Most women believe that the size of their breasts is very important for a feminine aesthetic appearance.
Some women may have naturally small or asymmetrical breasts. Nowadays, restoring the breasts to the desired size is achievable, and the ideal method is using silicone prostheses. Additionally, this method provides completely permanent results. Breast augmentation is also possible through newer methods, such as fat injection and injection of water-retainer substances, called aquafilling, which are easier to apply but provide non-permanent results.
There are different types of breast implants, which differ from each other in their shapes and the filling material. Today, the most preferred breast implants are the ones filled with silicone gel. They are round or teardrop-shaped and available in various sizes and volumes. The outermost part is also made of silicone with a textured or smooth outer surface.
The size of the implant suitable for the patient is determined after the measurements and detailed consultation with the physician. To discover the ideal size, non-permanent implant can be used during the surgery, and the original implant can be placed after making the final decision.
The patients, especially those over 40 years of age, should have radiological examination of the breast in terms of cysts or other formations before the surgery. This is important to let the patient identify an existing pathology, which provides guidance for the next steps. Breast implants neither increase the risk of breast cancer, nor interfere with breast examination, follow-up and mammography imaging.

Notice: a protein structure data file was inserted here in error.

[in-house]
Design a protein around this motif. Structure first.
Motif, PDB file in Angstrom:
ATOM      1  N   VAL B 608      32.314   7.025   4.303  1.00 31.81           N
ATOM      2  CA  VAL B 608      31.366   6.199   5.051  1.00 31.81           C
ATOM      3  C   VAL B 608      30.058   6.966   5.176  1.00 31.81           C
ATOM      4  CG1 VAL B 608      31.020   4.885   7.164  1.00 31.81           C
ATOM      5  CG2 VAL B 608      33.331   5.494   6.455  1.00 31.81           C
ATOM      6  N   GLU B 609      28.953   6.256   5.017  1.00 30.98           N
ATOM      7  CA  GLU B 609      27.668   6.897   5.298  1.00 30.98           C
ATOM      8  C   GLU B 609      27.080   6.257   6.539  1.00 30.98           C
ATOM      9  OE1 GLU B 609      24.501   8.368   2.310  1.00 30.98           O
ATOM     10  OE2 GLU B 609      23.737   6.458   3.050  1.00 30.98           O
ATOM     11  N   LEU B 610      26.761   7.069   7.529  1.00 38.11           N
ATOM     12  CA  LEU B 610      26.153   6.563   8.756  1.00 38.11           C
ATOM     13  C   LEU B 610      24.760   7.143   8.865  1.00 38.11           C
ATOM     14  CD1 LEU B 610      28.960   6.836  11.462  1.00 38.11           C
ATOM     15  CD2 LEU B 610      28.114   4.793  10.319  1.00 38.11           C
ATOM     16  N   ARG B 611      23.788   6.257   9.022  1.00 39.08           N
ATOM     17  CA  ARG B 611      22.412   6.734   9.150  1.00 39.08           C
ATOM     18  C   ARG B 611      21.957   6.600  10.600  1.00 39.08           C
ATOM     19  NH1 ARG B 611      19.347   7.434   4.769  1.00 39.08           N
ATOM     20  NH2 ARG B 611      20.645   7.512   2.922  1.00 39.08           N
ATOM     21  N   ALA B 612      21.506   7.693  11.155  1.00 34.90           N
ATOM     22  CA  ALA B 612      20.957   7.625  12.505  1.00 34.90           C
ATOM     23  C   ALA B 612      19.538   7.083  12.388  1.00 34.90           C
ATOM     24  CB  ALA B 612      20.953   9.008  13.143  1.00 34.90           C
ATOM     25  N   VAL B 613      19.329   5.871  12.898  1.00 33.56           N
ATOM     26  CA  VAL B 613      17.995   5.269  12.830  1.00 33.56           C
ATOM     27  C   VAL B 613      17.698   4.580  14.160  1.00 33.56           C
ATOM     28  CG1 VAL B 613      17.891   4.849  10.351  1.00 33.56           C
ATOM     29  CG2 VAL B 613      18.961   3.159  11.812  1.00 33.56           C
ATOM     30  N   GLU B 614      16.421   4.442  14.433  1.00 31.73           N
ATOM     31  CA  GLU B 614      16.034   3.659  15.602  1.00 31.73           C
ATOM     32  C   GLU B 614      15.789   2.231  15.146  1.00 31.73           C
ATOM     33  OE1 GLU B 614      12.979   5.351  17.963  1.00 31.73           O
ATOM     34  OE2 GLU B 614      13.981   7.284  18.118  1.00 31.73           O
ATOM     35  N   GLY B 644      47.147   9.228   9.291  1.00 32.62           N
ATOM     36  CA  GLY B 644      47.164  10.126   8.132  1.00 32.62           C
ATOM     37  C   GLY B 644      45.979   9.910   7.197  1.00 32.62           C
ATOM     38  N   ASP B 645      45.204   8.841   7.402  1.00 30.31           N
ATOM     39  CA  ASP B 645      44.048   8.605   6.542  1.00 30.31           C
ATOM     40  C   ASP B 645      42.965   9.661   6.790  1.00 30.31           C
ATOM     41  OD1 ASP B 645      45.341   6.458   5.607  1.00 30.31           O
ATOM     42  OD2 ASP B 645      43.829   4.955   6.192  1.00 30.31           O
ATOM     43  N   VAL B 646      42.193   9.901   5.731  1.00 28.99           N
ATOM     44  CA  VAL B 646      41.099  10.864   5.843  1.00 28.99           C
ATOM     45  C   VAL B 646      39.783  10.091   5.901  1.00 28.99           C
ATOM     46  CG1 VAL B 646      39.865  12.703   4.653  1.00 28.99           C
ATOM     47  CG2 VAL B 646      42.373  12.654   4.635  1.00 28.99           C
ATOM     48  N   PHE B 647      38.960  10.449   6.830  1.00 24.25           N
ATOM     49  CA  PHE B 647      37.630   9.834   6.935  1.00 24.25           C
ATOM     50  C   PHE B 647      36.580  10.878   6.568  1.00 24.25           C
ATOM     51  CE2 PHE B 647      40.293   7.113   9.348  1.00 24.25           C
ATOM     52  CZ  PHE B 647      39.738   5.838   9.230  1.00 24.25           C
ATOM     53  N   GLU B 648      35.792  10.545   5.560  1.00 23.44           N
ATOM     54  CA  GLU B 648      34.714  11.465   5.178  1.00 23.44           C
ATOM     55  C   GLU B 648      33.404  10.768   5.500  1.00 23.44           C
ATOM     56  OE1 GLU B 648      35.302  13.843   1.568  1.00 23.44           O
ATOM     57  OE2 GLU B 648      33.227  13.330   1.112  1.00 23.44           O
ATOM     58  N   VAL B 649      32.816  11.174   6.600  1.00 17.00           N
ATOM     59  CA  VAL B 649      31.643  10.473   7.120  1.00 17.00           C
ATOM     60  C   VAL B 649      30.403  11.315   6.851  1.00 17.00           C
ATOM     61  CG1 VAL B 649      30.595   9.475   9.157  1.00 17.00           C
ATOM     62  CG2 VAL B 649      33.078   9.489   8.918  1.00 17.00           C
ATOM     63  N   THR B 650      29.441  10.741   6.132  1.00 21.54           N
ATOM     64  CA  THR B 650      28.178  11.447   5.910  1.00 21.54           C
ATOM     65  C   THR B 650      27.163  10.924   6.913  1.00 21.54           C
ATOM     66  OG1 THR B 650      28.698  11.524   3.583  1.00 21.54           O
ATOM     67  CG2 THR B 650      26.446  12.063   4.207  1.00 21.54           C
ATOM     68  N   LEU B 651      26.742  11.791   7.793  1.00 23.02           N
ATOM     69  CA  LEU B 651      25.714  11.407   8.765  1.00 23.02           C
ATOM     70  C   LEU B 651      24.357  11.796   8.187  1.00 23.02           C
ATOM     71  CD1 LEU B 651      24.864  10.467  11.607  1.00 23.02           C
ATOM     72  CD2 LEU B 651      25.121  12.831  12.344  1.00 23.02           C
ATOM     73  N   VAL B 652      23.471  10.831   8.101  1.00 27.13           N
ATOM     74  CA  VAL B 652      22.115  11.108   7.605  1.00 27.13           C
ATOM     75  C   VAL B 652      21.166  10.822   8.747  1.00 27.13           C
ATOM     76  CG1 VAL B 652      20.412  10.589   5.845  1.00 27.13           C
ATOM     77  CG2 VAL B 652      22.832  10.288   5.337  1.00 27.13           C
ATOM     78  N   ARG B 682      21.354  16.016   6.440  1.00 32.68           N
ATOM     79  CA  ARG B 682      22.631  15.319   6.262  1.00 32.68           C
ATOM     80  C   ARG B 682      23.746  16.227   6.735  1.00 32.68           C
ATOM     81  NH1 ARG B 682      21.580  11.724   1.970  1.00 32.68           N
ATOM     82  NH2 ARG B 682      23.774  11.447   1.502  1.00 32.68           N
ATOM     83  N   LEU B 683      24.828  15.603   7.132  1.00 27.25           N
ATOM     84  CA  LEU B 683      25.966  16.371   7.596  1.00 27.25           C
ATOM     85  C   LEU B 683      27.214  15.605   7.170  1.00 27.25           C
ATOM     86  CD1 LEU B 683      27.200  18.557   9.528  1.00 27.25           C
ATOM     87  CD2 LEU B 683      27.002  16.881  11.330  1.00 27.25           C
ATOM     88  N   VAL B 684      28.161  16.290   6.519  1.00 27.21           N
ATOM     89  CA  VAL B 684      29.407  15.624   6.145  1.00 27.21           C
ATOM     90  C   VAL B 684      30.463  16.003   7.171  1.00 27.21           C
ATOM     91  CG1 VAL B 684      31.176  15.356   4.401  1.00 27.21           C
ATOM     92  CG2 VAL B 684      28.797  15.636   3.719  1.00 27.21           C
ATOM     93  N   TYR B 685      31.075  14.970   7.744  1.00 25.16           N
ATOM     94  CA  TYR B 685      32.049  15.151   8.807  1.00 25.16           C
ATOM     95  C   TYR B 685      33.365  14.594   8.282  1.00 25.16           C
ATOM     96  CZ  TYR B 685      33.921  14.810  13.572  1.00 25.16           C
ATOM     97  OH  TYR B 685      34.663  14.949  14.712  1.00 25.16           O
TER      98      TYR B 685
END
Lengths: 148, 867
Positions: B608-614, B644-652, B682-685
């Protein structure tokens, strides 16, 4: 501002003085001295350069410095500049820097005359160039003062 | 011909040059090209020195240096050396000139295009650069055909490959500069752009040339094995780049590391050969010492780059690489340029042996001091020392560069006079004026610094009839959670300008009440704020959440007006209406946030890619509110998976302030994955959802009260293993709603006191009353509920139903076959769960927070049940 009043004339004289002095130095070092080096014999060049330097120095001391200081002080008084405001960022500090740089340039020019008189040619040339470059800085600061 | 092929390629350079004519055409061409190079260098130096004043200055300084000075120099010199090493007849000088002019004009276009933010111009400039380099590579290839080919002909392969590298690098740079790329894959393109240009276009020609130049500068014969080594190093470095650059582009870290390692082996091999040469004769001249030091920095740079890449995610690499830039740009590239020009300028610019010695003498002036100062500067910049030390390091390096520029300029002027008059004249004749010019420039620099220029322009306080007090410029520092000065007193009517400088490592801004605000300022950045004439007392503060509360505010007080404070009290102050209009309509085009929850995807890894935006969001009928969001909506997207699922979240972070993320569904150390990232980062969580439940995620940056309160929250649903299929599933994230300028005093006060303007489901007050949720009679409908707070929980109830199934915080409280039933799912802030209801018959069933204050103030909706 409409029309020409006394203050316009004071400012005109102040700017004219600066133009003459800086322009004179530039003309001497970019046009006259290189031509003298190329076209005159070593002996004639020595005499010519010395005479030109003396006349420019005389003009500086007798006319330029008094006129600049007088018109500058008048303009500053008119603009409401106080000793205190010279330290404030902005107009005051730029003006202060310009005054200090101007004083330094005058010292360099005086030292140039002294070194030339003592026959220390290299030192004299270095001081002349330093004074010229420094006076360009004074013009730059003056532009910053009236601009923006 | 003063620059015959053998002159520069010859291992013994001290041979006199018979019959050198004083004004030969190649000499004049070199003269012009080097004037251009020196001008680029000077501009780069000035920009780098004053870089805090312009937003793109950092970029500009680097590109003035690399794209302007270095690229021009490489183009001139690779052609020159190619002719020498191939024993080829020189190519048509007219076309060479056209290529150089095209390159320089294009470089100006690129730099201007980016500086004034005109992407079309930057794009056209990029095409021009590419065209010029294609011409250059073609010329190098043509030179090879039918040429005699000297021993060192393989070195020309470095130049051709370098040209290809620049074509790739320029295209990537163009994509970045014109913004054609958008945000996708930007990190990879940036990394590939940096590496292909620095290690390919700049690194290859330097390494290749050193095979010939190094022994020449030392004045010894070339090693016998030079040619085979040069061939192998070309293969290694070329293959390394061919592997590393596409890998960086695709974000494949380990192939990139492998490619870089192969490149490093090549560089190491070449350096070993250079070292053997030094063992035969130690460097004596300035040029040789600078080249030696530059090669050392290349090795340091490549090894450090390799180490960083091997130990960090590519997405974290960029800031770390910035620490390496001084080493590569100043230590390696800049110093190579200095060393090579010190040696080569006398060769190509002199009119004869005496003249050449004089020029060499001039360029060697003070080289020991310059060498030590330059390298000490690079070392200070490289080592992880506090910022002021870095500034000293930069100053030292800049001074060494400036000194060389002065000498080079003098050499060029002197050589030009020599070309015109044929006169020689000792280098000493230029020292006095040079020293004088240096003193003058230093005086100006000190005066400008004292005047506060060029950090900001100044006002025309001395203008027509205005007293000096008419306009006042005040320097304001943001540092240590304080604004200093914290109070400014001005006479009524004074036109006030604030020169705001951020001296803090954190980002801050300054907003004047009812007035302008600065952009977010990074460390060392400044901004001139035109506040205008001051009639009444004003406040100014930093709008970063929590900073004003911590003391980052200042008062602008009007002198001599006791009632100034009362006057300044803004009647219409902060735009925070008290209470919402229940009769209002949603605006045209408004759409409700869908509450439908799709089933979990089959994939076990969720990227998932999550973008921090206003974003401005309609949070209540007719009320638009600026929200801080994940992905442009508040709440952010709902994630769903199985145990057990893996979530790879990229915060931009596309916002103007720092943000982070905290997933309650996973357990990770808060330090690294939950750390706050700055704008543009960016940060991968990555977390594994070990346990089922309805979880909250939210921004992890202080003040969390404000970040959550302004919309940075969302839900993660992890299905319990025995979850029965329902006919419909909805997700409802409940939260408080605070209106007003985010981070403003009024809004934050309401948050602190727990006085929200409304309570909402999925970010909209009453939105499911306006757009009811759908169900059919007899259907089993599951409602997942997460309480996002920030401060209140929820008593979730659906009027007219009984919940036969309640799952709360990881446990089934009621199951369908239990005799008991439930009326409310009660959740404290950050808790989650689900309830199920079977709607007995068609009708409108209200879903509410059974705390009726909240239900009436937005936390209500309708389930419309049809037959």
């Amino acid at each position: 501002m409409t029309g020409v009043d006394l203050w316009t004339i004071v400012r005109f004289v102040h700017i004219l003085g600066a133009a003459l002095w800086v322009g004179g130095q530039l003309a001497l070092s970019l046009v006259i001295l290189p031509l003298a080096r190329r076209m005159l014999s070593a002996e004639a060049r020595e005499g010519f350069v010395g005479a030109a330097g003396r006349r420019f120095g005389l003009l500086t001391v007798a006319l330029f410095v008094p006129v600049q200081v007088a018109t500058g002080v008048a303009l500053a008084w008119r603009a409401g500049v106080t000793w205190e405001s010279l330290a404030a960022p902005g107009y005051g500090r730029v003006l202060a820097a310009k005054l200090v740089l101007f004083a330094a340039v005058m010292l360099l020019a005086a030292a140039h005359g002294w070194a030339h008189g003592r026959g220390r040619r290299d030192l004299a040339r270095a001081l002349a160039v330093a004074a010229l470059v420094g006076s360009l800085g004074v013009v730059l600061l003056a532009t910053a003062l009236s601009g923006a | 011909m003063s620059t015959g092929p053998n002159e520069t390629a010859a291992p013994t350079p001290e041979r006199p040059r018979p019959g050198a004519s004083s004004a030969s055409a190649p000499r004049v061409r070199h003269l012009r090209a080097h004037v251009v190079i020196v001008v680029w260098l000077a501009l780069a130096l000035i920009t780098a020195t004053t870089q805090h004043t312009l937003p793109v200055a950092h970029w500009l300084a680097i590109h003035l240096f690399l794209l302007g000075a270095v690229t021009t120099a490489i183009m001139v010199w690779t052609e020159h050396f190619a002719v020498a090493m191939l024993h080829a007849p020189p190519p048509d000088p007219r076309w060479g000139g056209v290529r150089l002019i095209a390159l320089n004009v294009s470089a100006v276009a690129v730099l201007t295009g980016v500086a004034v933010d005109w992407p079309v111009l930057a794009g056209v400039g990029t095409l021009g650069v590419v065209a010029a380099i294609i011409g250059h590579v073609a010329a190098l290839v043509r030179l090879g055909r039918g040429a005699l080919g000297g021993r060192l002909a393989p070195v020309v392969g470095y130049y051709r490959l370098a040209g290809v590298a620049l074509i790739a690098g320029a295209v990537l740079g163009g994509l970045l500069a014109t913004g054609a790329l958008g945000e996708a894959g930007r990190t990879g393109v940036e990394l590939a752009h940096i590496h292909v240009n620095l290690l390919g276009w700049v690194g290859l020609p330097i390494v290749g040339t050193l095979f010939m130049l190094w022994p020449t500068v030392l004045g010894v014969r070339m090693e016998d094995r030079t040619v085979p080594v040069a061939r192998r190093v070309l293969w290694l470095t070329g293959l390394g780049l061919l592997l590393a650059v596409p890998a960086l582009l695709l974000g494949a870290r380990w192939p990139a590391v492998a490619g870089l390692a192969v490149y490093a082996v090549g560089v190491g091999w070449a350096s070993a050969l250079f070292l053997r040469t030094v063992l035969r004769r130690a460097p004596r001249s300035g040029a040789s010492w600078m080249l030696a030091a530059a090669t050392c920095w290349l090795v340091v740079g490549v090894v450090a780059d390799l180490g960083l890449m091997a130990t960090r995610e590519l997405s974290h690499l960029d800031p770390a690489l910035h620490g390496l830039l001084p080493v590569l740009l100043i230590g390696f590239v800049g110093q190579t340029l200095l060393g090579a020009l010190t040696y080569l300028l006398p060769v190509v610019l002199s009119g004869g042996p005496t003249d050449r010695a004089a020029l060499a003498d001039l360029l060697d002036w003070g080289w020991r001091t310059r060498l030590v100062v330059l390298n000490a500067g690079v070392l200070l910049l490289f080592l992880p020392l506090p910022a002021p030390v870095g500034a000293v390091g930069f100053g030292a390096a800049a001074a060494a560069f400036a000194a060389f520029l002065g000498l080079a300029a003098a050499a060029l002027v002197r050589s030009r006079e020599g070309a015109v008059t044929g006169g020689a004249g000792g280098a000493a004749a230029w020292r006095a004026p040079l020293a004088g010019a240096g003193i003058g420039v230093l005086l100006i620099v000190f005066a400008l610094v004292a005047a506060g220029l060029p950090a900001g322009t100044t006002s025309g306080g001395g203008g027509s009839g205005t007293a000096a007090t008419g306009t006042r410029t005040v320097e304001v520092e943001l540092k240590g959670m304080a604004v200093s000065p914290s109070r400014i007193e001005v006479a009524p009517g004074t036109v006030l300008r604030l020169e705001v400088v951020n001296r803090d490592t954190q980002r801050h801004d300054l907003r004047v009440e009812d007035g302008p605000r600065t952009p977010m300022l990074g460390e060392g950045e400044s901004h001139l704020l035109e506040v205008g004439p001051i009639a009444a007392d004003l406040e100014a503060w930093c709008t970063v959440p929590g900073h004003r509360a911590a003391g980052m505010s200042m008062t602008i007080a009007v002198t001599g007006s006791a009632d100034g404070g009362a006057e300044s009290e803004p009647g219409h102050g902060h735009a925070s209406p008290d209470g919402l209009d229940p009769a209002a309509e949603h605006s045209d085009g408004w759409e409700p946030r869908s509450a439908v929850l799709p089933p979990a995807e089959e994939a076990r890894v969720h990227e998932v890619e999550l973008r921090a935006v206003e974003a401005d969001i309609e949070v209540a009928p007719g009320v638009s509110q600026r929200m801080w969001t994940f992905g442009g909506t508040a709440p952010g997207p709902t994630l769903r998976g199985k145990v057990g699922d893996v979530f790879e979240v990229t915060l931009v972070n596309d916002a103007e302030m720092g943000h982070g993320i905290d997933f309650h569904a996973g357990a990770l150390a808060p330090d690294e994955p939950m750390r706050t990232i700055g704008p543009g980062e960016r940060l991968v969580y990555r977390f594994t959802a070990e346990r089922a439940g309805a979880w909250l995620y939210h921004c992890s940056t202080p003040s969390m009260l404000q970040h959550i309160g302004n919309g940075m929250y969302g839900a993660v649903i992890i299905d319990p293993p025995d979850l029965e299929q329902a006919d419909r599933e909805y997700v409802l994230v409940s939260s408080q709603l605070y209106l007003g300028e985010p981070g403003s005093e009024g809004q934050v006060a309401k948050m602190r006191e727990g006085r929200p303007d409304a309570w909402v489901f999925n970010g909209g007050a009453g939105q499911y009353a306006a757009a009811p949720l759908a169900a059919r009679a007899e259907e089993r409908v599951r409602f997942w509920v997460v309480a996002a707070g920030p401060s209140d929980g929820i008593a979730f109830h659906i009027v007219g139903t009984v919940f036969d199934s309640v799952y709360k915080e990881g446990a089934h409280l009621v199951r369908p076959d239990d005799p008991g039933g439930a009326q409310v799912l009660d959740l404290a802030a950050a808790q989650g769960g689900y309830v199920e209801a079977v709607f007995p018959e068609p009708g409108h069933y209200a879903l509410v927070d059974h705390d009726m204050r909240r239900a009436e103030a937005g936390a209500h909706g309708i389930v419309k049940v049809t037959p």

The major undesired complication related to breast augmentation procedures performed using silicone implant is capsular contracture. The body perceives the silicone implant as a foreign material, and may react against it over time. Thus, a membrane, called capsular contracture, may form around them. This condition may lead to stiffness and malformation in the breasts. When the reaction is mild to moderate, it netiher causes too much discomfort for the patient, nor creates impairment in appearance. It can also be removed by external massage or sometimes by additional surgical interventions. If the capsular contracture is severe, the implant may need removing. Rates of rupture are low because the implants are made with highly cohesive material. Sometimes, incidents like traffic accidents may cause compression and rupture of the implant.
The surgery involves general anaesthesia. An incision of approximately 3 to 4 cm is made on the inframammary line and a gap is prepared where the implant is inserted. The implant can be placed directly under the breast or under the muscle; or some of it under the muscle and some of it under the breast. Depending on the breast tissue of the patient, the surgeon determines the area of placement. The incision can be made under the nipple, under the breast fold, or under the armpit.
After the surgery, the patient may have difficulty in moving her arms and a slight pain for a few days, but the discomfort is quite minimal during the healing period. Patients can usually return to work within 5 to 7 days. Wearing a compression bra is recommended for up to 6 weeks. Patients should also avoid strenuous physical exercises. Generally, the patients are highly pleased with the outcomes of the surgery, which is psychologically healing.